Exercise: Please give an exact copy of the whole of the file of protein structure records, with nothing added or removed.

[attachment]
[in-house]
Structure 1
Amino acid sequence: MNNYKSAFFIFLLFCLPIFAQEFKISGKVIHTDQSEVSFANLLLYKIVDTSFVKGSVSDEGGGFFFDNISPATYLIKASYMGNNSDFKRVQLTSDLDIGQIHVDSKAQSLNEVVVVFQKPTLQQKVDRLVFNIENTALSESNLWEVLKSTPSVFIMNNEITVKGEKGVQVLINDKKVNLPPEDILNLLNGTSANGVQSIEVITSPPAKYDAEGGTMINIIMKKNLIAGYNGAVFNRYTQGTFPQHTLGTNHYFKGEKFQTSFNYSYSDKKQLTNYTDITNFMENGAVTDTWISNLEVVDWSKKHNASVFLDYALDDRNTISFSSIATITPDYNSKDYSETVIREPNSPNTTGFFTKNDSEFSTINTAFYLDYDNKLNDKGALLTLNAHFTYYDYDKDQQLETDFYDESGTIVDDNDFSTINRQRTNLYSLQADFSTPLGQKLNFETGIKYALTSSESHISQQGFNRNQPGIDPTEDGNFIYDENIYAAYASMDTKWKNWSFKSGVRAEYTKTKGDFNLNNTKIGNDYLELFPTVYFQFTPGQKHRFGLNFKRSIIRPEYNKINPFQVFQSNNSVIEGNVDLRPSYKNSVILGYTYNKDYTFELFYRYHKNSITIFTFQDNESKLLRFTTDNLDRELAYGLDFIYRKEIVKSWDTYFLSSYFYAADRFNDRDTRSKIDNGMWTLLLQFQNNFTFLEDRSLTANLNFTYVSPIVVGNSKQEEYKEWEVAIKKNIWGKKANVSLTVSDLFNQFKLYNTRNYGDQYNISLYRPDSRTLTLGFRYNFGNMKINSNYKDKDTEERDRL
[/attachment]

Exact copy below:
[in-house]
Structure 1
Amino acid sequence: MNNYKSAFFIFLLFCLPIFAQEFKISGKVIHTDQSEVSFANLLLYKIVDTSFVKGSVSDEGGGFFFDNISPATYLIKASYMGNNSDFKRVQLTSDLDIGQIHVDSKAQSLNEVVVVFQKPTLQQKVDRLVFNIENTALSESNLWEVLKSTPSVFIMNNEITVKGEKGVQVLINDKKVNLPPEDILNLLNGTSANGVQSIEVITSPPAKYDAEGGTMINIIMKKNLIAGYNGAVFNRYTQGTFPQHTLGTNHYFKGEKFQTSFNYSYSDKKQLTNYTDITNFMENGAVTDTWISNLEVVDWSKKHNASVFLDYALDDRNTISFSSIATITPDYNSKDYSETVIREPNSPNTTGFFTKNDSEFSTINTAFYLDYDNKLNDKGALLTLNAHFTYYDYDKDQQLETDFYDESGTIVDDNDFSTINRQRTNLYSLQADFSTPLGQKLNFETGIKYALTSSESHISQQGFNRNQPGIDPTEDGNFIYDENIYAAYASMDTKWKNWSFKSGVRAEYTKTKGDFNLNNTKIGNDYLELFPTVYFQFTPGQKHRFGLNFKRSIIRPEYNKINPFQVFQSNNSVIEGNVDLRPSYKNSVILGYTYNKDYTFELFYRYHKNSITIFTFQDNESKLLRFTTDNLDRELAYGLDFIYRKEIVKSWDTYFLSSYFYAADRFNDRDTRSKIDNGMWTLLLQFQNNFTFLEDRSLTANLNFTYVSPIVVGNSKQEEYKEWEVAIKKNIWGKKANVSLTVSDLFNQFKLYNTRNYGDQYNISLYRPDSRTLTLGFRYNFGNMKINSNYKDKDTEERDRL